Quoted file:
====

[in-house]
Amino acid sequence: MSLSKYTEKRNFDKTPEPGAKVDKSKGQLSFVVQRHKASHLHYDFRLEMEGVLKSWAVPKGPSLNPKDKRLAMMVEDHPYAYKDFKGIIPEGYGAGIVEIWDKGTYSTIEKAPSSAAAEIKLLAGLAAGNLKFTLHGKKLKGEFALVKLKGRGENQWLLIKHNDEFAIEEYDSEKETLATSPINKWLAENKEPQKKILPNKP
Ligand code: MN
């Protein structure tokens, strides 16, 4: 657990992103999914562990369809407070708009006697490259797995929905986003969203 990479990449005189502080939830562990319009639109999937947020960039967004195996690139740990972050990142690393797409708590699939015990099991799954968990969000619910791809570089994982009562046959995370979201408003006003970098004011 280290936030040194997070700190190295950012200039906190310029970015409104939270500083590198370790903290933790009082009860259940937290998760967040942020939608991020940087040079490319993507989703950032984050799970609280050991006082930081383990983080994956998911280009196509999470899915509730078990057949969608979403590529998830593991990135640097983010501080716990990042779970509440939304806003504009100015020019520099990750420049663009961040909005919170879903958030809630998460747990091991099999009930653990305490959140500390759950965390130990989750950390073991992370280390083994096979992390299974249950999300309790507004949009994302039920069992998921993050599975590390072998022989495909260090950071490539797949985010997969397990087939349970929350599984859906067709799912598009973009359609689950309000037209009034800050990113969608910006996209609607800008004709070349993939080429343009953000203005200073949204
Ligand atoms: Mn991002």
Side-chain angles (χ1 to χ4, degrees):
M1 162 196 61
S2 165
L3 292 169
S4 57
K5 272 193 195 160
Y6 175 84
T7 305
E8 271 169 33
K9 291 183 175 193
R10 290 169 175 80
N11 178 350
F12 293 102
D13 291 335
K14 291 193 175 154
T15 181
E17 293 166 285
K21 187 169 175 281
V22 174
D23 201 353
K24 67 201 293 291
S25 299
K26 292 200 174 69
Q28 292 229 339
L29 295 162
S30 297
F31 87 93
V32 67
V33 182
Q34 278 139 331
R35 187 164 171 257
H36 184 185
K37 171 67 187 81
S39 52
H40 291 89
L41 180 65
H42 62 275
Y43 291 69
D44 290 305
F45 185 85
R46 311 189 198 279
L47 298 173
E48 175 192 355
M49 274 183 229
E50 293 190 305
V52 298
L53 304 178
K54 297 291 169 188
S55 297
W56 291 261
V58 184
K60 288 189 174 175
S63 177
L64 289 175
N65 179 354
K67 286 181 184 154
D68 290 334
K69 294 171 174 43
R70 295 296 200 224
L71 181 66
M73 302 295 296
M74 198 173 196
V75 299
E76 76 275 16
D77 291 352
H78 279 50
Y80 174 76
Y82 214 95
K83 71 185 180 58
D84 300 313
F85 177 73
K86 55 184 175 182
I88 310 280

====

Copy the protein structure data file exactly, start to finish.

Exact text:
[in-house]
Amino acid sequence: MSLSKYTEKRNFDKTPEPGAKVDKSKGQLSFVVQRHKASHLHYDFRLEMEGVLKSWAVPKGPSLNPKDKRLAMMVEDHPYAYKDFKGIIPEGYGAGIVEIWDKGTYSTIEKAPSSAAAEIKLLAGLAAGNLKFTLHGKKLKGEFALVKLKGRGENQWLLIKHNDEFAIEEYDSEKETLATSPINKWLAENKEPQKKILPNKP
Ligand code: MN
């Protein structure tokens, strides 16, 4: 657990992103999914562990369809407070708009006697490259797995929905986003969203 990479990449005189502080939830562990319009639109999937947020960039967004195996690139740990972050990142690393797409708590699939015990099991799954968990969000619910791809570089994982009562046959995370979201408003006003970098004011 280290936030040194997070700190190295950012200039906190310029970015409104939270500083590198370790903290933790009082009860259940937290998760967040942020939608991020940087040079490319993507989703950032984050799970609280050991006082930081383990983080994956998911280009196509999470899915509730078990057949969608979403590529998830593991990135640097983010501080716990990042779970509440939304806003504009100015020019520099990750420049663009961040909005919170879903958030809630998460747990091991099999009930653990305490959140500390759950965390130990989750950390073991992370280390083994096979992390299974249950999300309790507004949009994302039920069992998921993050599975590390072998022989495909260090950071490539797949985010997969397990087939349970929350599984859906067709799912598009973009359609689950309000037209009034800050990113969608910006996209609607800008004709070349993939080429343009953000203005200073949204
Ligand atoms: Mn991002």
Side-chain angles (χ1 to χ4, degrees):
M1 162 196 61
S2 165
L3 292 169
S4 57
K5 272 193 195 160
Y6 175 84
T7 305
E8 271 169 33
K9 291 183 175 193
R10 290 169 175 80
N11 178 350
F12 293 102
D13 291 335
K14 291 193 175 154
T15 181
E17 293 166 285
K21 187 169 175 281
V22 174
D23 201 353
K24 67 201 293 291
S25 299
K26 292 200 174 69
Q28 292 229 339
L29 295 162
S30 297
F31 87 93
V32 67
V33 182
Q34 278 139 331
R35 187 164 171 257
H36 184 185
K37 171 67 187 81
S39 52
H40 291 89
L41 180 65
H42 62 275
Y43 291 69
D44 290 305
F45 185 85
R46 311 189 198 279
L47 298 173
E48 175 192 355
M49 274 183 229
E50 293 190 305
V52 298
L53 304 178
K54 297 291 169 188
S55 297
W56 291 261
V58 184
K60 288 189 174 175
S63 177
L64 289 175
N65 179 354
K67 286 181 184 154
D68 290 334
K69 294 171 174 43
R70 295 296 200 224
L71 181 66
M73 302 295 296
M74 198 173 196
V75 299
E76 76 275 16
D77 291 352
H78 279 50
Y80 174 76
Y82 214 95
K83 71 185 180 58
D84 300 313
F85 177 73
K86 55 184 175 182
I88 310 280